Last week, the Federal Circuit reversed a district court’s dismissal of a declaratory judgment complaint against a patent holding company in Hewlett-Packard Co. v. Acceleron LLC.
A party may file a “declaratory judgment” action against a patent owner where it asks the court for a declaration that it does not infringe a patent or that the patent is invalid or unenforceable. A party may not, however, simply go through the patent database and file such actions against any patent it does not like (at least not yet). There needs to be an actual “case or controversy” between the parties. Previously that meant that the patent owner had asserted infringement against the party that files the suit. The bar to such actions continues to get lower.
HP v. Acceleron
Acceleron, a patent holding company, acquired ownership of U.S. Patent No. 6,948,021. Acceleron sent a letter to HP to “call [HP's] attention to” the patent. Acceleron requested to discuss the patent with HP, but asked that HP agree that all information exchanged would not be used for litigation purposes and that HP agree that Acceleron has not asserted the patent against it and no declaratory judgment jurisdiction exists between the parties.
HP responded by stating that it would agree to a mutual 120-day period when no lawsuit would be filed by either party and that it would send such an agreement to Acceleron. Finally, Acceleron reponded to this correspondence by stating that it did not believe that any basis for declaratory judgment jurisdiction existed, so no such agreement was necessary. As if to test this point, HP then filed a declaratory judgment action.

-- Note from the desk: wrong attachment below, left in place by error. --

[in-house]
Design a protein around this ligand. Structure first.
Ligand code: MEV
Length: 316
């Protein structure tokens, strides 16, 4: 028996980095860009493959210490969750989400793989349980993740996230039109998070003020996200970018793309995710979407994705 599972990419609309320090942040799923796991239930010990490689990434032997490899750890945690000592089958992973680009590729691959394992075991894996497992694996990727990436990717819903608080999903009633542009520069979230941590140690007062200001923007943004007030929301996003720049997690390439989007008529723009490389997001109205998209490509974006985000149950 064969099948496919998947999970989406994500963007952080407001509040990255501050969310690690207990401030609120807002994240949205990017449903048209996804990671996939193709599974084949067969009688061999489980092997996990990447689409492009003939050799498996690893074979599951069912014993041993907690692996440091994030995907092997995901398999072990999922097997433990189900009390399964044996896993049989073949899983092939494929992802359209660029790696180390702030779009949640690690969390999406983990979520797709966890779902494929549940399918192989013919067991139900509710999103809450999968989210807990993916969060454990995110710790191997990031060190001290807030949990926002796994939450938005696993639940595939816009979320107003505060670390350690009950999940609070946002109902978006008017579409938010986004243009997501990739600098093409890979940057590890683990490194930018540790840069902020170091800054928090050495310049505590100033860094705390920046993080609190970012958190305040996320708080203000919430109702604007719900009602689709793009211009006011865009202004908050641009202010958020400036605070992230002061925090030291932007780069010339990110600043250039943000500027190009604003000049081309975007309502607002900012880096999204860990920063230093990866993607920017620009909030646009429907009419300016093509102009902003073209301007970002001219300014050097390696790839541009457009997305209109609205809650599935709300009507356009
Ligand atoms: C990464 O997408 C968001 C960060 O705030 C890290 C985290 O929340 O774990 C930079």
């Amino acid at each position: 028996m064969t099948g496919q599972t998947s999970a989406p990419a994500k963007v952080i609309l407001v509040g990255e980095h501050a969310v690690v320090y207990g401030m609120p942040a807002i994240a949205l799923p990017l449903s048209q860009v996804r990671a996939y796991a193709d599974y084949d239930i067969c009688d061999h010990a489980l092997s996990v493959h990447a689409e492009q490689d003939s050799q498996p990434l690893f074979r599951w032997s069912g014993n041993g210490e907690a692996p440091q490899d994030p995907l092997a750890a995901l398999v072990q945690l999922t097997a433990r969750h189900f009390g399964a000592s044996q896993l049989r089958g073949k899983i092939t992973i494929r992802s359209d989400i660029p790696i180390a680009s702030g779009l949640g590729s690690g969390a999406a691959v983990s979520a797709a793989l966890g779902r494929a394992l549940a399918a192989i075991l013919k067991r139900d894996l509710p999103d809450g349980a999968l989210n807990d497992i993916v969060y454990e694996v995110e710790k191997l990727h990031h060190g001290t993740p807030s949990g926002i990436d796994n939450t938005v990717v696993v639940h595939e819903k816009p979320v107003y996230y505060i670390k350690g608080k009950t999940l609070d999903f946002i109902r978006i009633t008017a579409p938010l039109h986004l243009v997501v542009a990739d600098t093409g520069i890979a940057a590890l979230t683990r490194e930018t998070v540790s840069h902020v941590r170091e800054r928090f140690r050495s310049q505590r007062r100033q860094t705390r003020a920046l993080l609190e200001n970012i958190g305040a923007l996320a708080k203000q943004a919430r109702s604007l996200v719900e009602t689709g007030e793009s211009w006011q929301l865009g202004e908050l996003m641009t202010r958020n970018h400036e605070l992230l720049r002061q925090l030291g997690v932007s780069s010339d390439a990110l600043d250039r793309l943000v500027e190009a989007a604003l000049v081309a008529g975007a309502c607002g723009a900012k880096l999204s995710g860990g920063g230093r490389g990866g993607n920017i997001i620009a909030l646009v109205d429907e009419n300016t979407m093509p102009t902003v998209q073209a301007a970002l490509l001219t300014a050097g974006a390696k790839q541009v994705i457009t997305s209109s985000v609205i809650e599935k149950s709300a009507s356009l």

The district court agreed with Acceleron and dismissed the case. The Federal Circuit, however, reversed.
The court noted that the Supreme Court’s decision in MedImmune, Inc. v. Genentech, Inc., wittingly or not, lowered the bar for declaratory judgment actions. Although the court did note that there is still a slight bar after that case.
[A] communication from a patent owner to another party, merely identifying its patent and the other party’s product line, without more, cannot establish adverse legal interests between the parties, let alone the existence of a “definite and concrete” dispute. More is required to establish declaratory judgment jurisdiction.
That quotation would seem to support an affirmance, right? The court spent the remainder of its opinion pointing to facts that fulfilled the “more” requirement. The circumstances the court noted were that Acceleron had indicated that the patent was “relevant” to a specific HP product line and that Acceleron is solely a licensing entity. “[W]ithout enforcement it receives no benefits from its patents.” The court found that this to be an important factor in finding jurisdiction.
Is Anything Left?
In a word–no. The court did recognize that “[o]ur decision in this case undoubtedly marks a shift from past declaratory judgment cases,” but then blamed this on MedImmune. The only case left to test seems to be simply putting the patent in an envelope and sending it with no letter whatsoever. I am not confident that the court would not find jurisdiction in that case either.